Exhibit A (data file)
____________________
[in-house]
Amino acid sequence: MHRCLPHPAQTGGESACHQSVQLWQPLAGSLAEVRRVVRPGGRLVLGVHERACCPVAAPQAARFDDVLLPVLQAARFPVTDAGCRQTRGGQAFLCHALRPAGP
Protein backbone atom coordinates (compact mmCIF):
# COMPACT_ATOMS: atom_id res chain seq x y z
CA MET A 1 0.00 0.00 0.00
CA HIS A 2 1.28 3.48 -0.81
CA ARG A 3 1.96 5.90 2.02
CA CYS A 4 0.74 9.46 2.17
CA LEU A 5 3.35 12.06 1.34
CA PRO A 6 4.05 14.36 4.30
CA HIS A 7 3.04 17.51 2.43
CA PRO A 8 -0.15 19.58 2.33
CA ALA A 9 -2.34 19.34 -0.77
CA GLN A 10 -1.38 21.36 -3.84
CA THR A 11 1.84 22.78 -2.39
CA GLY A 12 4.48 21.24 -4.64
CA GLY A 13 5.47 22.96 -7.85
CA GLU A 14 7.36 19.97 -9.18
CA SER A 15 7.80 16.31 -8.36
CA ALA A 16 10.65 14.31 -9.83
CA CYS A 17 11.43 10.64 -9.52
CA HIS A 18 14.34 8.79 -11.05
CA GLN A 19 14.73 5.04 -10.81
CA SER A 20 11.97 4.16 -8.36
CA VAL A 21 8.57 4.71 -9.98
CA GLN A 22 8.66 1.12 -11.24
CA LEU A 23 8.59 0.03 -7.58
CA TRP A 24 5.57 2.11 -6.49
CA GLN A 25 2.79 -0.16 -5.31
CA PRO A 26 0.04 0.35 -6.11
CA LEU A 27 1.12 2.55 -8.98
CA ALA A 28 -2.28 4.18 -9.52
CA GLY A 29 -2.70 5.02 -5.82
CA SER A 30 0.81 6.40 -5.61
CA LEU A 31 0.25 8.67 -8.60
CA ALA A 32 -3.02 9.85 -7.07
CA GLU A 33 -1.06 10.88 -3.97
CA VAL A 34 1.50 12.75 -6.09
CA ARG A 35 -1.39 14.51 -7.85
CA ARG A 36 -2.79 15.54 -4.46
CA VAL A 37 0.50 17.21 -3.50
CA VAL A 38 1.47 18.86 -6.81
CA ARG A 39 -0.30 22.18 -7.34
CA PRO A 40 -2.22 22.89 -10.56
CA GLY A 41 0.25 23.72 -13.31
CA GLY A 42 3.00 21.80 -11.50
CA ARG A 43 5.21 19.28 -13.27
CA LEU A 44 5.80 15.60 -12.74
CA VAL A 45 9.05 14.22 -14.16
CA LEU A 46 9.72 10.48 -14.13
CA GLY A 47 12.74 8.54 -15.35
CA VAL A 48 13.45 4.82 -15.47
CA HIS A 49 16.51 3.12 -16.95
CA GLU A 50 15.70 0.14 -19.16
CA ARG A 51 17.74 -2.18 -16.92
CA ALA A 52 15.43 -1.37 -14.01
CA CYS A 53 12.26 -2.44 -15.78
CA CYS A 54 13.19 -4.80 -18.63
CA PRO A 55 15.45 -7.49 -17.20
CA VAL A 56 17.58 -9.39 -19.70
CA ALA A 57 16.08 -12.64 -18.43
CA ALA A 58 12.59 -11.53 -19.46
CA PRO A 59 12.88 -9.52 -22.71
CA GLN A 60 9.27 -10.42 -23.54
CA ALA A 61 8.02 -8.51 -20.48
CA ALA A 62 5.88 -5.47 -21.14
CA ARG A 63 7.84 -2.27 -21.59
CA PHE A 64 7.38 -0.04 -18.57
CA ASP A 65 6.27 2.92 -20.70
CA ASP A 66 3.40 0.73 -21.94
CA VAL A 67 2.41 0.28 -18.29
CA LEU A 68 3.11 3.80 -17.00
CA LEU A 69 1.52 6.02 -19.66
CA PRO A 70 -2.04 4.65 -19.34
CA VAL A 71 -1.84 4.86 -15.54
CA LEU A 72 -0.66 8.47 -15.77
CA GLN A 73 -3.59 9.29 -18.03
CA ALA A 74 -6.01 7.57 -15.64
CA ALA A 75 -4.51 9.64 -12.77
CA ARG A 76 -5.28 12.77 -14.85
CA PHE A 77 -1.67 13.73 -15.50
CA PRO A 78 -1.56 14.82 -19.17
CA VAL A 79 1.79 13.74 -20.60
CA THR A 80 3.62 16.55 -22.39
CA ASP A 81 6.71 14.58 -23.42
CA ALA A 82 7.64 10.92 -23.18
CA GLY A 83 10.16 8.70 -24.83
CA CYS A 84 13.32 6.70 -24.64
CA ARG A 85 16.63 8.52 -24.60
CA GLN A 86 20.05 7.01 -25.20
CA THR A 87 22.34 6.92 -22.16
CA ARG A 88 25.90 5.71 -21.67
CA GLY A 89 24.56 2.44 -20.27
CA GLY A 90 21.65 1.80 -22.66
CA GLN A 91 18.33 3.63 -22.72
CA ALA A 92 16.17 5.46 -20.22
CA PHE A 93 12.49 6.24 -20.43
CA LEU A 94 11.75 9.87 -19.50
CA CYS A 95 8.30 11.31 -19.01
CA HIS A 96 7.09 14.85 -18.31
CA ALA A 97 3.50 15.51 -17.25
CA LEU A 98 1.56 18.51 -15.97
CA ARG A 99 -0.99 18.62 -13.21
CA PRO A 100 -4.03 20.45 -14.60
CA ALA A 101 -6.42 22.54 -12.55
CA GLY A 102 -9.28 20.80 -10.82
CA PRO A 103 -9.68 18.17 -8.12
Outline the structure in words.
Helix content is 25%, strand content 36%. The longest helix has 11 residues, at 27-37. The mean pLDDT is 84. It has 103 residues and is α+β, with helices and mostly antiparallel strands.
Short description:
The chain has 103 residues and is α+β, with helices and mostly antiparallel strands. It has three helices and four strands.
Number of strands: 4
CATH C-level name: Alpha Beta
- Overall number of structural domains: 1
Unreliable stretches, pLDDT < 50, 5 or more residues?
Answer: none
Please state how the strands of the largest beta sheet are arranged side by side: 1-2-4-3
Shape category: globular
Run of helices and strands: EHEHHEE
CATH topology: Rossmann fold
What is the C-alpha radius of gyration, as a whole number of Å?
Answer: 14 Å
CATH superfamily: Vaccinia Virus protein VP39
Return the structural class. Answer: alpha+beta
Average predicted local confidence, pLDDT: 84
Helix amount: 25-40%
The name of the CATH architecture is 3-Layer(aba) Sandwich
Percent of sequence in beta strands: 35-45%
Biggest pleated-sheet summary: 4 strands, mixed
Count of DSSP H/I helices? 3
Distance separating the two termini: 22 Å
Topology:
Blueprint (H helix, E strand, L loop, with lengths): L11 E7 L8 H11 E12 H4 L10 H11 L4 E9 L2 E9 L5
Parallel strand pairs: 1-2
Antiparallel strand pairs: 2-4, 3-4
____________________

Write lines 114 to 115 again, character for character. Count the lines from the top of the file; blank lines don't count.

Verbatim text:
- Overall number of structural domains: 1
Unreliable stretches, pLDDT < 50, 5 or more residues?